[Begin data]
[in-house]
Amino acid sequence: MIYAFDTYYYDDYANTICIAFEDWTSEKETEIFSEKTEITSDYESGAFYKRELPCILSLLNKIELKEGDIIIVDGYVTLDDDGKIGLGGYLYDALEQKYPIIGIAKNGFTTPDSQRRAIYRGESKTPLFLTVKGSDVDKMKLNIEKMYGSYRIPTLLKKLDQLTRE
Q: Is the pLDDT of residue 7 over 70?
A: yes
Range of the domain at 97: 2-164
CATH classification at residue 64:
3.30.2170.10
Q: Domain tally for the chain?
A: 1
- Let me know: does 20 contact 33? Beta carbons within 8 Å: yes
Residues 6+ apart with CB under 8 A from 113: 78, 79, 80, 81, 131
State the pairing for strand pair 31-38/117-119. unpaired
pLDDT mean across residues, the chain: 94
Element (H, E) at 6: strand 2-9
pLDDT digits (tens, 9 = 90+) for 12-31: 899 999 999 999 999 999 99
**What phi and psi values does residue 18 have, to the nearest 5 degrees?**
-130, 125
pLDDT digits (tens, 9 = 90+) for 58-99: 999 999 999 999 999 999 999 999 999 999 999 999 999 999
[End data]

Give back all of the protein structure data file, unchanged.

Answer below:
[in-house]
Amino acid sequence: MIYAFDTYYYDDYANTICIAFEDWTSEKETEIFSEKTEITSDYESGAFYKRELPCILSLLNKIELKEGDIIIVDGYVTLDDDGKIGLGGYLYDALEQKYPIIGIAKNGFTTPDSQRRAIYRGESKTPLFLTVKGSDVDKMKLNIEKMYGSYRIPTLLKKLDQLTRE
Q: Is the pLDDT of residue 7 over 70?
A: yes
Range of the domain at 97: 2-164
CATH classification at residue 64:
3.30.2170.10
Q: Domain tally for the chain?
A: 1
- Let me know: does 20 contact 33? Beta carbons within 8 Å: yes
Residues 6+ apart with CB under 8 A from 113: 78, 79, 80, 81, 131
State the pairing for strand pair 31-38/117-119. unpaired
pLDDT mean across residues, the chain: 94
Element (H, E) at 6: strand 2-9
pLDDT digits (tens, 9 = 90+) for 12-31: 899 999 999 999 999 999 99
**What phi and psi values does residue 18 have, to the nearest 5 degrees?**
-130, 125
pLDDT digits (tens, 9 = 90+) for 58-99: 999 999 999 999 999 999 999 999 999 999 999 999 999 999